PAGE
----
Pitkin County assesses child-care availability
November 3, 2009
ASPEN – A group of businesses, parents, governmental organizations and others is working to increase the quality and sustainability of child care for kids with parents who live and work in Pitkin County.
The Childcare Capacity Planning Committee recently completed a child-care survey as part of its efforts to further understand the issue. The committee received more than 350 responses from around the Roaring Fork Valley.
About 70 percent of respondents said they felt their employers were family friendly because they were flexible, according to Shirley Ritter, Kids First director.
Respondents identified financial assistance for child care and guaranteed spots in child care as other needs.
In September 2009, there were only 24 licensed spaces for infants in Pitkin County, and yet in 2008, Aspen Valley Hospital recorded roughly 300 births. And survey respondents, most of whom live and work in Aspen, estimated their households would be growing in the next five years.
Of the respondents, 60 percent indicated that a lack of child care would affect their ability to work or stay in the valley.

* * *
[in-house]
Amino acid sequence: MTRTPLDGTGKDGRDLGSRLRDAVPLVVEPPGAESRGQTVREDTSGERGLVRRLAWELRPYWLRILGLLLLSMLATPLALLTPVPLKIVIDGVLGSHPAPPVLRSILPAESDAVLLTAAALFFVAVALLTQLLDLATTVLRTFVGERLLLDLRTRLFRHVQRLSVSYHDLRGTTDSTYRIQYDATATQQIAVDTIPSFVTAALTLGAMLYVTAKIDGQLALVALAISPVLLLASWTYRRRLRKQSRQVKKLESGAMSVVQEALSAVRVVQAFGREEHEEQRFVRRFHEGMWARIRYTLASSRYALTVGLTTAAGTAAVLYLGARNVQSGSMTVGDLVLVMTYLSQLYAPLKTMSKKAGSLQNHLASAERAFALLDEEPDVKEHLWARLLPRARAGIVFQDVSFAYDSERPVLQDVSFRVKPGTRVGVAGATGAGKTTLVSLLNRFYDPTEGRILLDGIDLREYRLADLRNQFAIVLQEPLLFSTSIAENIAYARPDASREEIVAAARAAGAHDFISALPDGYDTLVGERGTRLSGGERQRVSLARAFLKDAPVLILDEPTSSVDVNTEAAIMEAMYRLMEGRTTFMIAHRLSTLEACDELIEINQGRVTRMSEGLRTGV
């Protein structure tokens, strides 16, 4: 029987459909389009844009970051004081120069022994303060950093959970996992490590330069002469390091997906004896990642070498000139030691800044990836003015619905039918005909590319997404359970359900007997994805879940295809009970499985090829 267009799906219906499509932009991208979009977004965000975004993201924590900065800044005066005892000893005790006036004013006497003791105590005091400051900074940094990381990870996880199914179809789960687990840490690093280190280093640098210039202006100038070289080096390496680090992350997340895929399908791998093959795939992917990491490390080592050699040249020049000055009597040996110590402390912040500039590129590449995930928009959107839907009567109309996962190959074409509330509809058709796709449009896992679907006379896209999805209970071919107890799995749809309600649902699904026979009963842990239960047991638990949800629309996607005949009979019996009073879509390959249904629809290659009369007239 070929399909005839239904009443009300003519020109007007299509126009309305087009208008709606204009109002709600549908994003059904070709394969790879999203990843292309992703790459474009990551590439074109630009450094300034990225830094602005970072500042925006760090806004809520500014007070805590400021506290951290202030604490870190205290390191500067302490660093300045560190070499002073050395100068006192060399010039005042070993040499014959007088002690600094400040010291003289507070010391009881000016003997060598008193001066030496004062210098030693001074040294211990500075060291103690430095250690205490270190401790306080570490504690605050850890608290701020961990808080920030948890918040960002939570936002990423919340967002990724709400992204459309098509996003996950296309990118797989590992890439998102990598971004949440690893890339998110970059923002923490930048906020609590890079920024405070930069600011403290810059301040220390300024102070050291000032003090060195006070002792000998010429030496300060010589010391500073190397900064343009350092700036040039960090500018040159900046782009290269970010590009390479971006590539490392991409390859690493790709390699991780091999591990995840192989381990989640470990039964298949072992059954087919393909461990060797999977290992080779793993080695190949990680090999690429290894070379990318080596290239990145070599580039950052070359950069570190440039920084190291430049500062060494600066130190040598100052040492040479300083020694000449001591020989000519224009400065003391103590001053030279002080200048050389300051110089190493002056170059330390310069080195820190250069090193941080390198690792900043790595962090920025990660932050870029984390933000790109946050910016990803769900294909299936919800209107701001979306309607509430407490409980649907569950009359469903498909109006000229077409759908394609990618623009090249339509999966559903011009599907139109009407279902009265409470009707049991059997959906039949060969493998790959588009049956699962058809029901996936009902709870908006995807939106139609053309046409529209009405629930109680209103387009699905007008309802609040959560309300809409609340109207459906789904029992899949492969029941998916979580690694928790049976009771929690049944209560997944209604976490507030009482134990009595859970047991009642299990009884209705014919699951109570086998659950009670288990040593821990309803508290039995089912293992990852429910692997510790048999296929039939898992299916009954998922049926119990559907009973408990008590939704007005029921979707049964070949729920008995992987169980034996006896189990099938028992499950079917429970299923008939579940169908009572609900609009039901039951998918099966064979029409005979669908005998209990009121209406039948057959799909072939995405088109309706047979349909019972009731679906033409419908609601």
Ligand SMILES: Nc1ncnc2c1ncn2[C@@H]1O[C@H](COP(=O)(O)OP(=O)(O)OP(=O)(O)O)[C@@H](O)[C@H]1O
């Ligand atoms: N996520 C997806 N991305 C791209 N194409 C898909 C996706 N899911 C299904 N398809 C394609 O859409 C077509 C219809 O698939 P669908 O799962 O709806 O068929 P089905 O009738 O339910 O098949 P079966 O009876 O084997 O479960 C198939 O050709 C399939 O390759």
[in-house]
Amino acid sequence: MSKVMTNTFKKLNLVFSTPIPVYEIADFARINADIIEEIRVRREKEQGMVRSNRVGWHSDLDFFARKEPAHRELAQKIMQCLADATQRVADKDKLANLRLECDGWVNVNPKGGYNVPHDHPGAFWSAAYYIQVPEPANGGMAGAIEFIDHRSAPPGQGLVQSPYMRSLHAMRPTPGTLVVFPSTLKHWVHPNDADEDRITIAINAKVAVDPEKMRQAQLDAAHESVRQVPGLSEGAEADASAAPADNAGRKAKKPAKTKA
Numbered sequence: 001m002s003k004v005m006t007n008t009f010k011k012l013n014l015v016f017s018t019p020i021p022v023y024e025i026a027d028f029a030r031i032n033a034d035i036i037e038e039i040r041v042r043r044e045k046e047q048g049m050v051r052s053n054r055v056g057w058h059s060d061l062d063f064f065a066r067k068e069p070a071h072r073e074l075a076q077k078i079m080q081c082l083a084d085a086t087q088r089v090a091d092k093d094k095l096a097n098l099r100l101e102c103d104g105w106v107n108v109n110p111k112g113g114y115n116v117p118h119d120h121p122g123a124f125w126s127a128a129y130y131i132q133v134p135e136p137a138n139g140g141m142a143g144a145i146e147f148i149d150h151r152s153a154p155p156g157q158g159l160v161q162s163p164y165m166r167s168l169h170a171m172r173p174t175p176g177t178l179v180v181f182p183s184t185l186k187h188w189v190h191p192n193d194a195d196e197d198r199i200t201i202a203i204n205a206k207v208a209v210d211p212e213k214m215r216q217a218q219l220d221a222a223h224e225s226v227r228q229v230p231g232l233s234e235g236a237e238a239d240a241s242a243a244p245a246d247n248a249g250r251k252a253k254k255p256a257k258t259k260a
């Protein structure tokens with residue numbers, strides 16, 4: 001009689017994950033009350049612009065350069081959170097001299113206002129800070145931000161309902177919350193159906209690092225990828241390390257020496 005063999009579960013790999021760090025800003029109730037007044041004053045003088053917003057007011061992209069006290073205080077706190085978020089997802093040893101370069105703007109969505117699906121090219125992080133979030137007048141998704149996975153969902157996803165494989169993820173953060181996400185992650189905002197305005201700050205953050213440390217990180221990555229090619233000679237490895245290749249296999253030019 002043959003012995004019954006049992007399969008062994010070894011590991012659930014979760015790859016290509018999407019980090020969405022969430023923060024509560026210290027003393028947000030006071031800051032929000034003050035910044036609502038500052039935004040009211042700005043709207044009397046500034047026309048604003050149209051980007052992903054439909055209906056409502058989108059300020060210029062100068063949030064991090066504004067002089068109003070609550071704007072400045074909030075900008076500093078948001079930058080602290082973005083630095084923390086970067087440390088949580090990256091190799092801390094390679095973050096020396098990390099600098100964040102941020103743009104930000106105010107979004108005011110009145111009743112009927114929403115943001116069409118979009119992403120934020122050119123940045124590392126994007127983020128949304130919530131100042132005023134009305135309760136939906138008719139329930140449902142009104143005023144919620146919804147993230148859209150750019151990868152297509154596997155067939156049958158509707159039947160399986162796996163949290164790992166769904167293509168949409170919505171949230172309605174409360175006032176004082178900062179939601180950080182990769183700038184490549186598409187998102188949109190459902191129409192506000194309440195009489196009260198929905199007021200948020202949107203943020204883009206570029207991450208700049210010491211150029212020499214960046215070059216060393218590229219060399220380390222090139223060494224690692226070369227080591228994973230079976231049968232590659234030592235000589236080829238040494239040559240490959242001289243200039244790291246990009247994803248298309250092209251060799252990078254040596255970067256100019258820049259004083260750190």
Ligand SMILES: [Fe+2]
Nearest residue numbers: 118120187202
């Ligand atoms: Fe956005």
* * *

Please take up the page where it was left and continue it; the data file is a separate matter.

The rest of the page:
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Child care, particularly infant care, is not a money-making business in Aspen, according to Ritter. It’s not viable without some sort of subsidization, she said.
The Childcare Capacity Planning Group is working on ways to develop a long-range plan to address child-care capacity and to foster partnerships among several employers and businesses to address the shortage of child-care spaces, specifically for infants and toddlers.
The Childcare Capacity Planning Committee was convened by Kids First and the City of Aspen. The group plans to continue it work and will be reaching out to the community through other mechanisms as it moves forward.